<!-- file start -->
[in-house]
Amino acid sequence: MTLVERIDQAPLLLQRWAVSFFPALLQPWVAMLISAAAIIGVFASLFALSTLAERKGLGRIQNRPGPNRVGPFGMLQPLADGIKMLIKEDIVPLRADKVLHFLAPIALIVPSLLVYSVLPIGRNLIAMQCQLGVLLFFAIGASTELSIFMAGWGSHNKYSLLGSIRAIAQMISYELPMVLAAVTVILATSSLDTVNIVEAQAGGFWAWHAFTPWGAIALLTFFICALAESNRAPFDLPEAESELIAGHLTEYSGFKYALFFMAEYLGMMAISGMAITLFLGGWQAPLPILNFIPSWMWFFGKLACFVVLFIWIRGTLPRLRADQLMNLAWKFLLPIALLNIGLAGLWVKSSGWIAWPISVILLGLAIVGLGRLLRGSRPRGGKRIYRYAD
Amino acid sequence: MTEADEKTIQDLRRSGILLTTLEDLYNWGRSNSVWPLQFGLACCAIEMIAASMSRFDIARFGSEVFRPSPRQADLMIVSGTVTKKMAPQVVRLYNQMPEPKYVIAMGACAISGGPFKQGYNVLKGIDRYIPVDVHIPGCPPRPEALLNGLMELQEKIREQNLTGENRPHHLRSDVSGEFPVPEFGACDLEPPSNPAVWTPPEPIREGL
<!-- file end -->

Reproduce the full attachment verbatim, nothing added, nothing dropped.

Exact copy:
[in-house]
Amino acid sequence: MTLVERIDQAPLLLQRWAVSFFPALLQPWVAMLISAAAIIGVFASLFALSTLAERKGLGRIQNRPGPNRVGPFGMLQPLADGIKMLIKEDIVPLRADKVLHFLAPIALIVPSLLVYSVLPIGRNLIAMQCQLGVLLFFAIGASTELSIFMAGWGSHNKYSLLGSIRAIAQMISYELPMVLAAVTVILATSSLDTVNIVEAQAGGFWAWHAFTPWGAIALLTFFICALAESNRAPFDLPEAESELIAGHLTEYSGFKYALFFMAEYLGMMAISGMAITLFLGGWQAPLPILNFIPSWMWFFGKLACFVVLFIWIRGTLPRLRADQLMNLAWKFLLPIALLNIGLAGLWVKSSGWIAWPISVILLGLAIVGLGRLLRGSRPRGGKRIYRYAD
Amino acid sequence: MTEADEKTIQDLRRSGILLTTLEDLYNWGRSNSVWPLQFGLACCAIEMIAASMSRFDIARFGSEVFRPSPRQADLMIVSGTVTKKMAPQVVRLYNQMPEPKYVIAMGACAISGGPFKQGYNVLKGIDRYIPVDVHIPGCPPRPEALLNGLMELQEKIREQNLTGENRPHHLRSDVSGEFPVPEFGACDLEPPSNPAVWTPPEPIREGL